There is a small website called HarborHeroes.org that commemorates the maritime professionals, vessels and companies who responded that fateful day. On it there is a powerful piece by Andrew Greeley from the Chicago Suns Times of September 6, 2002 entitled Media ignored calm amid the 9/11 chaos. This short essay does a remarkable job in capturing the essence of leadership that exists in every individual and society’s ability to face an adaptive challenge of monumental proportions.

If you enjoyed this post and think other might too, please vote for it at gCaptain’s Discoverer maritime news website.

Crossposted at Sea-Fever blog and the Center for Leader Development blog.

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"Creative" Salvage saves the Pasha Bulker

One of the most dramatic and photographic maritime casualties in recent years involved the Pasha Bulker which ended up on the Nobby’s Beach in Newcastle, New South Wales, Australia. I hadn’t been able to find footage of the successful salvage efforts until late the other night. Check it out.

Continue reading "Creative" Salvage saves the Pasha Bulker

"Very, very bad stuff" finally banned by EPA

hull bottom via tree hugger

Treehugger.com reports that the EPA has finally banned a substance that is considered one of the most toxic substances ever released into the world’s oceans.

Tributyltin, a type of biocide, is a cheap and powerful barnacle and algae killer that was once commonly used on most of the world’s commercial ships. It is typically mixed into the bottom coating for hulls, where it helps keep the ship clear of barnacles and other similar species. TBT is highly prized by sailboat racers and yachtsmen who use it to make their hulls move more easily through the water and by certain environmentalists, who argue it can help prevent the spread of invasive species from one port to another.

According to the post, every major US and European paint company stopped using the substance in 2001 and endorse the maritime treaty banning it. China and other developing maritime nations would seem to be the target here.

Lindy Johnson, a lawyer who works for NOAA, called it “very, very bad stuff.”

Good news for our Oceans!

Sailing with a World Class Leadership Team

Leading Questions is one of my regular reads and yesterday Ed Brenegar wrote a great post Sailing with a World Class Leadership Team in which he profiles his friend Peter Grimm, a superyact crew chief.

Perseus

Perseus, the superyacht mentioned in the article and pictured above was built by Perini Navi, the same yard that built the Maltese Falcon which I posted about yesterday.

These are very impressive vessels; however, over the past decade the superyacht industry has grown so rapidly that there is a looming crisis in finding qualified crew to man them. (Read about it here.) One of Sea-Fever’s objectives in creating and delivering youth sail training programs like the ones chronicled in this blog (here, here, here, and elsewhere) is to introduce young people to maritime careers. Of course, our number one objective is to give these young people life changing experiences that teach valuable lessons about respect, teamwork, leadership and so much more. In the long run, the benefits of these programs can be far reaching. The superyacht owners and operators should take more notice of them because the future of their vessels could depend on it.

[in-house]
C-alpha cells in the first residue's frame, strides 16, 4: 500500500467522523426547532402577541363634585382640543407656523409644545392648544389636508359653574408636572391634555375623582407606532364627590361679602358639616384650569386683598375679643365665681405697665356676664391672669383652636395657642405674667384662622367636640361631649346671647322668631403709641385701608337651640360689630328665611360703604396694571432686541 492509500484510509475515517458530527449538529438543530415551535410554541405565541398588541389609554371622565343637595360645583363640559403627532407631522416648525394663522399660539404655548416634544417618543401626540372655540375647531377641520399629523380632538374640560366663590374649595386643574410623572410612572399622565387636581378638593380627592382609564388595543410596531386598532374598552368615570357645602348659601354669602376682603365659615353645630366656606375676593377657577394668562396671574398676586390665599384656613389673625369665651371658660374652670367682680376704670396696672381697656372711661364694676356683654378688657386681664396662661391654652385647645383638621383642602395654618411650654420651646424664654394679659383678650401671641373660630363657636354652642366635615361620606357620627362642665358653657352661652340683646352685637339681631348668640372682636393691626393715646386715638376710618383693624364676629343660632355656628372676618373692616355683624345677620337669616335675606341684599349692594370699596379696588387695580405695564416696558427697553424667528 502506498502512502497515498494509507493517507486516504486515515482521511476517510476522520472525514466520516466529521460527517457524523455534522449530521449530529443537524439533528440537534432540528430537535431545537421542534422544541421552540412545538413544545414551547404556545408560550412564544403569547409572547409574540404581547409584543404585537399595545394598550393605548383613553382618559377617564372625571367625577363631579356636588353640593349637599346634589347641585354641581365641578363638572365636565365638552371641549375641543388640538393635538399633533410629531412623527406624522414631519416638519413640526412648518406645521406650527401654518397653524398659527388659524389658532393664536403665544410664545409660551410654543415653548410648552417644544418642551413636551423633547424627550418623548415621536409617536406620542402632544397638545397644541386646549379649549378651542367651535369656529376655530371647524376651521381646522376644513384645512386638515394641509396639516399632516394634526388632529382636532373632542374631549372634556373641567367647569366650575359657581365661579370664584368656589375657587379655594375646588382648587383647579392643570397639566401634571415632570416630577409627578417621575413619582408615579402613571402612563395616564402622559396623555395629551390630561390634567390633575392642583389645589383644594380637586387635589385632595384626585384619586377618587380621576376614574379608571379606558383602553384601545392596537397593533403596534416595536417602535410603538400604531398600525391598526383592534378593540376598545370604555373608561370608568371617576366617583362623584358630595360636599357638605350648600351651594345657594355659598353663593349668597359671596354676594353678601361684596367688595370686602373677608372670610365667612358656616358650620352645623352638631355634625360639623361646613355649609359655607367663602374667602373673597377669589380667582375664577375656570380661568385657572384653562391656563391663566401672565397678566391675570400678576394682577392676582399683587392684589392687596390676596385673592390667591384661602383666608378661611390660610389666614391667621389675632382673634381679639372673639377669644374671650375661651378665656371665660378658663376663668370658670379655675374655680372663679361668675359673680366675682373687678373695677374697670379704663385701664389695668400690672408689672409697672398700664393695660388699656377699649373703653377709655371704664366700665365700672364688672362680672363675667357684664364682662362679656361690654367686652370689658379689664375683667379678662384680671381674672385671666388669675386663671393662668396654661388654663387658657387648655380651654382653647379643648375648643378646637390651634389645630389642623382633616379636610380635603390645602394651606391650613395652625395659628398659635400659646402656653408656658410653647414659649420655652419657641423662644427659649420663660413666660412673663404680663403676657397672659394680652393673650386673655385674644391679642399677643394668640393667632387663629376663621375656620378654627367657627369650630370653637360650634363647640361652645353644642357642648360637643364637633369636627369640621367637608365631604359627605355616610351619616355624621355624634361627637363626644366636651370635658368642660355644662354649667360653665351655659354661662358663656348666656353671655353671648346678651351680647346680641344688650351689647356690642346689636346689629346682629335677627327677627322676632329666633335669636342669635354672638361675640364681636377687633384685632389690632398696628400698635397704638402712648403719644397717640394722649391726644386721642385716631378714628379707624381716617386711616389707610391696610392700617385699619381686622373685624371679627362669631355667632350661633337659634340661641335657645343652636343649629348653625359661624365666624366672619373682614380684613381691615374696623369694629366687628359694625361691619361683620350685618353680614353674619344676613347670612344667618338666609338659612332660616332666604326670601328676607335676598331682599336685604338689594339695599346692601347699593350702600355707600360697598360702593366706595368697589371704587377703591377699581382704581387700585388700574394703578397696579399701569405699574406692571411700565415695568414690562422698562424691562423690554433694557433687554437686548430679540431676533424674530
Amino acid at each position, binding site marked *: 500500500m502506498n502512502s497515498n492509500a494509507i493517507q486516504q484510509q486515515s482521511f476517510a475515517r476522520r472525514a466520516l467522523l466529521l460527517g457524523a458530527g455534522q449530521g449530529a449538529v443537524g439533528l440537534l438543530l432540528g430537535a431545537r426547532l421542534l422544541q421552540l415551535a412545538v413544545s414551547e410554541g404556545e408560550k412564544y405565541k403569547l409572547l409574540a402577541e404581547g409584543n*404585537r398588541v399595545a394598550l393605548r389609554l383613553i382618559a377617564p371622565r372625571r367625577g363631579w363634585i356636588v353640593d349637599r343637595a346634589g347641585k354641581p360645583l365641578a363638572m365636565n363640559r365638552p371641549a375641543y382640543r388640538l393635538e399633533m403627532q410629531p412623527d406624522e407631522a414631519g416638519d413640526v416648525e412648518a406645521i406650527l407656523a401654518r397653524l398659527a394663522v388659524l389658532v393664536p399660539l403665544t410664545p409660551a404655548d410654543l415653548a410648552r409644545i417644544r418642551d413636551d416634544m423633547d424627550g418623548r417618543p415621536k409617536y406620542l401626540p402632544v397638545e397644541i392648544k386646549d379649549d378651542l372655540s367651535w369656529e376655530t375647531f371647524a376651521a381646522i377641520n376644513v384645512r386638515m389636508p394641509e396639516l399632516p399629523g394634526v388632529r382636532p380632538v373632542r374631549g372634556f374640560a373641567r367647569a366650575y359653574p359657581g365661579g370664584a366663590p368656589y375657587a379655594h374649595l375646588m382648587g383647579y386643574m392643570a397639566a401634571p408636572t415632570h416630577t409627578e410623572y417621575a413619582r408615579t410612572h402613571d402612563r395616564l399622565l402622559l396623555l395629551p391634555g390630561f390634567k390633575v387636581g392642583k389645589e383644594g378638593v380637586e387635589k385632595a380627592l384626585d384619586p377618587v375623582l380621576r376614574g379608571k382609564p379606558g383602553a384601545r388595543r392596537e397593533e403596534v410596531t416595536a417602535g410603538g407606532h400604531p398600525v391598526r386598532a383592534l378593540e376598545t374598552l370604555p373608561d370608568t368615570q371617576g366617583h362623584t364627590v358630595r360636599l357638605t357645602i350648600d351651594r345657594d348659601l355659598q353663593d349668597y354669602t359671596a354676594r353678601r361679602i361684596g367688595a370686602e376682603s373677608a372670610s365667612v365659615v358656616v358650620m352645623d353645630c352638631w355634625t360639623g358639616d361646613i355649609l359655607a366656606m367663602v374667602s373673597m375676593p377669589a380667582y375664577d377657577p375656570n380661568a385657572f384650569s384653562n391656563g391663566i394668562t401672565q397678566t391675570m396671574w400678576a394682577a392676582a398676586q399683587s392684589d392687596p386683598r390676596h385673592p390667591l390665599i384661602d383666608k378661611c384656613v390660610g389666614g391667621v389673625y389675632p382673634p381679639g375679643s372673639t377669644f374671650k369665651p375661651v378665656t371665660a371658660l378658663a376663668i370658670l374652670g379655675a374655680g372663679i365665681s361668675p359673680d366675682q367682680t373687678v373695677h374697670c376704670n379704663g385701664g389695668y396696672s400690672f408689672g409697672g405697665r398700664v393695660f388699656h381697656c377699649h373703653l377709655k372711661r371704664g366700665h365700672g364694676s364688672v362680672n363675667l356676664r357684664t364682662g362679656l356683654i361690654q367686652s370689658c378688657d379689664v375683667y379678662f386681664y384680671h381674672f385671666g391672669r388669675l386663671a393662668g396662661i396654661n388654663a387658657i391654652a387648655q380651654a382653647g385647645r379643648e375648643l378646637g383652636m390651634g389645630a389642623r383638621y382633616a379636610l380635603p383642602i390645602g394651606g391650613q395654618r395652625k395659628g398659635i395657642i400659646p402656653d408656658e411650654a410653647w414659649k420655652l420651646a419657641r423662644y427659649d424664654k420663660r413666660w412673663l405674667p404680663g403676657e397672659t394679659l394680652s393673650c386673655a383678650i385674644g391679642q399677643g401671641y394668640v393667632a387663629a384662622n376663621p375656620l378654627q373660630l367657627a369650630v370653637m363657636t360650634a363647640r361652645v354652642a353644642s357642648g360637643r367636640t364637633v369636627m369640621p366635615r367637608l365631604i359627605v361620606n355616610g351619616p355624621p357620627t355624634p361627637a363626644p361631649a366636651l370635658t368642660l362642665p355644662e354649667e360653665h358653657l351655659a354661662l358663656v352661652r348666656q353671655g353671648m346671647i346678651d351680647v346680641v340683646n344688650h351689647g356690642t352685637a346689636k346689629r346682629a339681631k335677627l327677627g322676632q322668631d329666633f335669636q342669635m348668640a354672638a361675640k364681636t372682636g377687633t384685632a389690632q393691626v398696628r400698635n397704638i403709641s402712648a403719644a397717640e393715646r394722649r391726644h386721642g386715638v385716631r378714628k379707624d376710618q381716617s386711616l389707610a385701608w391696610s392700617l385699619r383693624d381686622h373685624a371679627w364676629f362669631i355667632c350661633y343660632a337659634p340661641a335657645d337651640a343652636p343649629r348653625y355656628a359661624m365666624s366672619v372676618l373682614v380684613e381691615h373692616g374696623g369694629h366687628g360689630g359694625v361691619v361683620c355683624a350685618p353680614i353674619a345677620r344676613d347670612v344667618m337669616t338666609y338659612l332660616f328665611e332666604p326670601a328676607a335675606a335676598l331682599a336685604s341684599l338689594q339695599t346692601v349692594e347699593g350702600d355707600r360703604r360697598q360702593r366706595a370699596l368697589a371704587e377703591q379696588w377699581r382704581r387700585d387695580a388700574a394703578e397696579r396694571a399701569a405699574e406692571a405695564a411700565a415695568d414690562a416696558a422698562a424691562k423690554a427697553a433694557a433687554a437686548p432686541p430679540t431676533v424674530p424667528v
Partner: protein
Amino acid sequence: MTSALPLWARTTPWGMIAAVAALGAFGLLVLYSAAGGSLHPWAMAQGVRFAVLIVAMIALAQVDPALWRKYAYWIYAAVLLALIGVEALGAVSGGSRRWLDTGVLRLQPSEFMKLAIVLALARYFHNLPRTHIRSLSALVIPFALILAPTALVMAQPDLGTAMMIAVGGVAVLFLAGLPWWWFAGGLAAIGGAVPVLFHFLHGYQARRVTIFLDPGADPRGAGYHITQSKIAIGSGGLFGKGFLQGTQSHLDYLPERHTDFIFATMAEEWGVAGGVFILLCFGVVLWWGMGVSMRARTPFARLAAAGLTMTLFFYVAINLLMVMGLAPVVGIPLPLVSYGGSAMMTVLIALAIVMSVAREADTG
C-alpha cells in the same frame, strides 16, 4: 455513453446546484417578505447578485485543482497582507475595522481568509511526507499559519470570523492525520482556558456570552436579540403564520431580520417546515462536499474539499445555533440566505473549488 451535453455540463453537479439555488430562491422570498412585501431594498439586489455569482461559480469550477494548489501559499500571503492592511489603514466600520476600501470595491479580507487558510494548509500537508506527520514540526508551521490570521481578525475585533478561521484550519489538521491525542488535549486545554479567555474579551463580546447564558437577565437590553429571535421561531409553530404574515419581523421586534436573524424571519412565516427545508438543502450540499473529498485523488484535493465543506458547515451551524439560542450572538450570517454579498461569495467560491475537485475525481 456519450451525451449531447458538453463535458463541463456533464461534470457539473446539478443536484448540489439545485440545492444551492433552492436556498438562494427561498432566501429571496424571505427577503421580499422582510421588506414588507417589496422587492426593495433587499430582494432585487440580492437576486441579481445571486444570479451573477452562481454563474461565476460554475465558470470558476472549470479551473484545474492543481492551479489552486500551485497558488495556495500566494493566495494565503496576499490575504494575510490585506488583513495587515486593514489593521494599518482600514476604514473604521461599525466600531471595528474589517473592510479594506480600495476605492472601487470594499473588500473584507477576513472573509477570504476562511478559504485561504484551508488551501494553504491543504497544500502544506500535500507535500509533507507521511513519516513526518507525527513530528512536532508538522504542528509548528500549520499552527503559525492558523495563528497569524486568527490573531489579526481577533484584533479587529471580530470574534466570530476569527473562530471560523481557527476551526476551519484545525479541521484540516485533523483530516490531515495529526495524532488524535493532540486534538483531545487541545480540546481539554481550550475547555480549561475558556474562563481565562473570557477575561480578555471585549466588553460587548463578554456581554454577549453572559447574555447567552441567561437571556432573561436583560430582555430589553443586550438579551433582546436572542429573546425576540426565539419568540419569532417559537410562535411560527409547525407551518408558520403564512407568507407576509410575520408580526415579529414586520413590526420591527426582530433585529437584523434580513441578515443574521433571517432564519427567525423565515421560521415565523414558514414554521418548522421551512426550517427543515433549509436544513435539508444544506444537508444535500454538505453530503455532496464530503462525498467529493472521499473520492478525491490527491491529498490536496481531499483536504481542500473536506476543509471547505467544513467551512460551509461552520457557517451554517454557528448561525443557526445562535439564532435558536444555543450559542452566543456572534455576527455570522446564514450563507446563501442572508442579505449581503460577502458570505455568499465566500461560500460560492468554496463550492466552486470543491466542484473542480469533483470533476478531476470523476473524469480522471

Maritime Media – Wall Street Journal and Wired

Yesterday’s (August 31, 2007) Wall Street Journal had several interesting maritime related articles.

Deep Water Donald Crowhurst WSJ Joe Morgenstern reviewed the new film Deep Water. (You can watch the trailer here). This documentary chronicles the ill-fated journey of Donald Crowhurst, an amateur British sailor, in the 1968 solitary nonstop sailboat race around the globe.

As Crowhurst’s situation grows desperate, the scope of the film expands — from a good yarn to a haunting, complex tale of self-promotion, media madness, self-delusion and, finally, self-destruction.

Mines Bigger book cover Also in yesterday’s Wall Street Journal, Pete DuPont reviewed David A. Kaplan’s new book, Mine’s Bigger: Tom Perkins and the Making of the Greatest Sailing Machine Ever Built. The Maltese Falcon is one of the largest and most technologically sophisticated sailing ships in the world. She is owned by Silicon Valley venture capitalist Thomas J. Perkins who has had a passion for sailing all his life. 

Kaplan also wrote a piece about the Maltese Falcon in the July 2007 issue of Wired entitled Extreme Sailing: The Biggest Boat in the World which is worth a read. 

Maltese Falcon’s Wikipedia entry has lots of information including some great external links. (Official website/blog).

Kayak for FREE in NYC!

Kayak free in NYCThe Spare Times column in today’s NY Times has a great lead for a free outdoor activity in the Big Apple. Kayaking on the Hudson by Stephanie Goodman tells you how to get on the water for free at the The New York City Downtown Boathouse.

There ain’t a lot of things for free in NYC so don’t miss this one.

For an interesting blog about kayaking and NYC check out frogma. Also, check out tugster: a waterblog for an incredible chronicle of life in NY harbor.